In the process, a pressure quantity prevailing in the brake system is advantageously determined, which can be used to determine and/or adjust the available volume of pressurized medium.
Also beneficial is that the driving of the arrangement delivering the pressurized medium is activated or deactivated as a function of at least one predefinable threshold value of the pressure quantity, the threshold value being expediently predefined and/or adjusted in a dependency ratio to the vehicle speed.
In one advantageous refinement, the driving of the arrangement delivering the pressurized medium is activated or deactivated as a function of the pressure quantity in such a way that in response to a first pressure-quantity threshold value being reached and/or not attained, the driving is activated, and, in response to a second pressure-quantity threshold value being reached and/or exceeded, the driving is deactivated. The enable, i.e., disable limits of this hysteresis are thus expediently varied as a function of the vehicle speed in such a way that the available pressurized medium volume also suffices in consideration of safety aspects.
Also beneficial is that the dependency ratio between pressurized medium volumes and vehicle speed can be so formulated that, from a comparison of the vehicle speed to speed threshold values, vehicle-speed ranges can be predefined, and threshold values for the pressure quantity can be preset in each of these ranges. In the same way, the dependency ratio can advantageously be so conceived that the particular threshold values for the pressure quantity can be allocated to the vehicle's speed by a characteristic curve or a characteristics map. In the same way, the dependency ratio can advantageously be predefined or adjusted as a linear relation, in particular as a proportional relation, between the vehicle speed and threshold values of the pressure quantity.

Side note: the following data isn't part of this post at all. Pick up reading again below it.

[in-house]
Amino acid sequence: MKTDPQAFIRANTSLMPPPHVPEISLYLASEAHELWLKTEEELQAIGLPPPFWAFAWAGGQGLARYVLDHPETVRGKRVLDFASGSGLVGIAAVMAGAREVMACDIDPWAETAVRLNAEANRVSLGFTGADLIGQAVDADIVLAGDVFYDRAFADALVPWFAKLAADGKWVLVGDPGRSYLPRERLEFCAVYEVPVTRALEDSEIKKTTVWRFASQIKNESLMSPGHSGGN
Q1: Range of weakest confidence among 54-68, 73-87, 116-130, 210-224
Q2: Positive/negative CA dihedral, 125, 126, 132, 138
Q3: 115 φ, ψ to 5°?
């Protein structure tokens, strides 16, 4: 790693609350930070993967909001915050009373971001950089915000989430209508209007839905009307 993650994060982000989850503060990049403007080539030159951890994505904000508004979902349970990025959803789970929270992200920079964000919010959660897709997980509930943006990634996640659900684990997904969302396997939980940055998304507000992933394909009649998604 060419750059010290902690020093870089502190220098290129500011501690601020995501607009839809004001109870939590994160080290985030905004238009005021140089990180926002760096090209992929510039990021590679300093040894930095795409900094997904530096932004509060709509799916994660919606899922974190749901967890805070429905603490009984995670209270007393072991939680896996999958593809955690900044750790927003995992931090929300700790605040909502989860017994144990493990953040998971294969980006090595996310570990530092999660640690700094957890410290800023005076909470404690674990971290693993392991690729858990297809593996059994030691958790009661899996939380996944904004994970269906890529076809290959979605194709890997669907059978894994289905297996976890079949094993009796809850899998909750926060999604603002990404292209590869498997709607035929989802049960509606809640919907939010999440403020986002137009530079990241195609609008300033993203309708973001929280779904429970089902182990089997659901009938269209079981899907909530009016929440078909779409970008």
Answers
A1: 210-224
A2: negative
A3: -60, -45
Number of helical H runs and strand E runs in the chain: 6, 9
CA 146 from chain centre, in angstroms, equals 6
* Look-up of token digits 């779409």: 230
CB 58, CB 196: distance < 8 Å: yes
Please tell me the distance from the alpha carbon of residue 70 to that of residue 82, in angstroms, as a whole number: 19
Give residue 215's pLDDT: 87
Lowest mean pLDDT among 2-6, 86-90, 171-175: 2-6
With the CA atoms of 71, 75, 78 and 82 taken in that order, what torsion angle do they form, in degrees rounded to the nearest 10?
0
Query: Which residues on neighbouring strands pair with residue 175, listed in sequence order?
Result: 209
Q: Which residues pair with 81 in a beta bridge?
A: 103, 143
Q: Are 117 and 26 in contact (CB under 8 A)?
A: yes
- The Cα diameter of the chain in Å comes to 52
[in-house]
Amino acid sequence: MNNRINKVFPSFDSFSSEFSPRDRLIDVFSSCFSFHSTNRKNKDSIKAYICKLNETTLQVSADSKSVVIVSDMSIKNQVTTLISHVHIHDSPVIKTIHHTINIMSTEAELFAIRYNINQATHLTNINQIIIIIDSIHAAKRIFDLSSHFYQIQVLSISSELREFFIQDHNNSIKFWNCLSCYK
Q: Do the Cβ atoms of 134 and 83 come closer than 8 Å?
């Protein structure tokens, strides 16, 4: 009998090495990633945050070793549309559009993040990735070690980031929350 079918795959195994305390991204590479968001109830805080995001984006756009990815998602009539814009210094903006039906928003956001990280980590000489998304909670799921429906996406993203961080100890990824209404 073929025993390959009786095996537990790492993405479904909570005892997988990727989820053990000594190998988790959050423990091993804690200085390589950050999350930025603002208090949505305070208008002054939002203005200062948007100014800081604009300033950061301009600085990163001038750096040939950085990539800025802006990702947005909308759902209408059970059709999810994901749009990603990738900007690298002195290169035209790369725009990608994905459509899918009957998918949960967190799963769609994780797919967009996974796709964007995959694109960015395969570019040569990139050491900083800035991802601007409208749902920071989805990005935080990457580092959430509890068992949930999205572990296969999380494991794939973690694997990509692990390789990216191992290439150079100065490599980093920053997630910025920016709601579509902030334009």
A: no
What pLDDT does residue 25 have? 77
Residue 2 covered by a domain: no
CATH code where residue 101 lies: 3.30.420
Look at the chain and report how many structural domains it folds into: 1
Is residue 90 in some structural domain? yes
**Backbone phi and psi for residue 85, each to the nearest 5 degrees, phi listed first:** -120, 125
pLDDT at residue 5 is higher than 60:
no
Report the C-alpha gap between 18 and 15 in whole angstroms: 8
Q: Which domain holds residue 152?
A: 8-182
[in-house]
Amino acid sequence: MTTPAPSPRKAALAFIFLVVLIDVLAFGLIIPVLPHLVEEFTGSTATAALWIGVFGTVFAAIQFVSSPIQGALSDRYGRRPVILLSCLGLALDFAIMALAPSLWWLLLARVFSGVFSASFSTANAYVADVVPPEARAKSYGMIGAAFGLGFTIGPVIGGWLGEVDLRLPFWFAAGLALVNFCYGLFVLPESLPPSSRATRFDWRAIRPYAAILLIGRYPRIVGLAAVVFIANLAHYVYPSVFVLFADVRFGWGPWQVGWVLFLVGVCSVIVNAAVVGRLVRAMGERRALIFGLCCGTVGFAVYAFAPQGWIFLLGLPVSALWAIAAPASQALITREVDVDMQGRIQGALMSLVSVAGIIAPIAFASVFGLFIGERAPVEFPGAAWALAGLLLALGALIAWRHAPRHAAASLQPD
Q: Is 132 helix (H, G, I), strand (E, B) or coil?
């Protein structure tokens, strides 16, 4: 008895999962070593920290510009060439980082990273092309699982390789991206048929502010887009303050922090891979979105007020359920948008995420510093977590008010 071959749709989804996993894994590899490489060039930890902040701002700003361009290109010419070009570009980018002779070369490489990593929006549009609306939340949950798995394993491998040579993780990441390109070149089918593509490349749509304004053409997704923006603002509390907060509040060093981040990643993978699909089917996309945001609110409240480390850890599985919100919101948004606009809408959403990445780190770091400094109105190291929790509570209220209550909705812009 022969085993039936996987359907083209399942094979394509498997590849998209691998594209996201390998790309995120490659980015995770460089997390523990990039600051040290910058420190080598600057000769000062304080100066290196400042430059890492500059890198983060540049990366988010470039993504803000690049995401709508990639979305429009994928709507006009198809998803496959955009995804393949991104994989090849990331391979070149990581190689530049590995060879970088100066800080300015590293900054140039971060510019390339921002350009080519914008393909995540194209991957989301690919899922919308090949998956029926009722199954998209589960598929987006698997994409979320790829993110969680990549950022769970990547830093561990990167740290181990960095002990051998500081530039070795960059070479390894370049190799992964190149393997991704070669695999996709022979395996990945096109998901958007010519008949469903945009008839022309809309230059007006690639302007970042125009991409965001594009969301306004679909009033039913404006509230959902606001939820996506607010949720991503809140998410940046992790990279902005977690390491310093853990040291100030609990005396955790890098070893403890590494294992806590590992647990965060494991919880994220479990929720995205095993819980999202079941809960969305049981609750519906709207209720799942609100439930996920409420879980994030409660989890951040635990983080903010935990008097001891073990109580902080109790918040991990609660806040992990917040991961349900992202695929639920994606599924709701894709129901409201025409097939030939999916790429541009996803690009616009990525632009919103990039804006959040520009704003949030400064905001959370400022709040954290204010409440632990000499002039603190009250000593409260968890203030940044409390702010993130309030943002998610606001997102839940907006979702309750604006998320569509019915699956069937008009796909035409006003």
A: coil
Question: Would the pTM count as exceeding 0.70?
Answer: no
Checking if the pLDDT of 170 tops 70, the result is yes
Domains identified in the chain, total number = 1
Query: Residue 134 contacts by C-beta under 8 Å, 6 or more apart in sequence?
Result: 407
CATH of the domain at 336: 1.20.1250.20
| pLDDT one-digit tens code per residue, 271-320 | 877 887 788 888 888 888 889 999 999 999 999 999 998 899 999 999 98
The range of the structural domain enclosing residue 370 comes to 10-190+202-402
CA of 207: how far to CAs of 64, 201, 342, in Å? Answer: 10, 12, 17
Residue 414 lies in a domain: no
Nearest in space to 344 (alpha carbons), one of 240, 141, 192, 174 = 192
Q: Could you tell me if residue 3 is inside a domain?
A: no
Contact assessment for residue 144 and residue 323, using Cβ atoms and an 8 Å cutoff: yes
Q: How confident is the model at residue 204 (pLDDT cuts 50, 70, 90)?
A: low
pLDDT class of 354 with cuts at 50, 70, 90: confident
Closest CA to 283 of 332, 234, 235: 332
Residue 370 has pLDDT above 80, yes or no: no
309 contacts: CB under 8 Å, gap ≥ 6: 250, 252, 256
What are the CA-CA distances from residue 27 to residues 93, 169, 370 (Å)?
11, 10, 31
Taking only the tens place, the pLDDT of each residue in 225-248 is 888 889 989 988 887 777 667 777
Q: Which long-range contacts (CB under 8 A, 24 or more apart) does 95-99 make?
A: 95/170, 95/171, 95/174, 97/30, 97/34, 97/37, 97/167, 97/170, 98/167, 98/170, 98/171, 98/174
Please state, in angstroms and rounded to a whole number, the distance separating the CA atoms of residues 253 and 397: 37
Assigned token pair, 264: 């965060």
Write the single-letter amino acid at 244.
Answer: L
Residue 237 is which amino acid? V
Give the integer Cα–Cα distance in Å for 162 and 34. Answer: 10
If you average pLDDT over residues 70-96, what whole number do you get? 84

Thus, by shifting the hysteresis of the closed-loop control of the arrangement delivering the pressurized medium as a function of the vehicle speed, a greater volume of pressurized medium is made available at the beginning of a brake action, in particular in the storage device of an electrohydraulic brake system, thereby assuring that, in spite of a heavy volumetric consumption of pressurized medium, a sufficient volume of pressurized medium is always present, in particular in the storage device.
FIG. 1 shows a brake system according to the present invention, in particular an electrohydraulic brake system.
FIG. 2 depicts a method for driving the arrangement delivering the pressurized medium, in particular using pressure thresholds allocated to a pressure quantity.
FIG. 3a illustrates a linear relationship between the pressure quantity and the vehicle speed.
FIG. 3b shows the relationship between the vehicle speed and the pressure quantity to be a non-linear relationship.
FIG. 4 reveals a method for driving the arrangement delivering the pressurized medium, as a precondition, specific speed ranges being predefined by speed threshold values.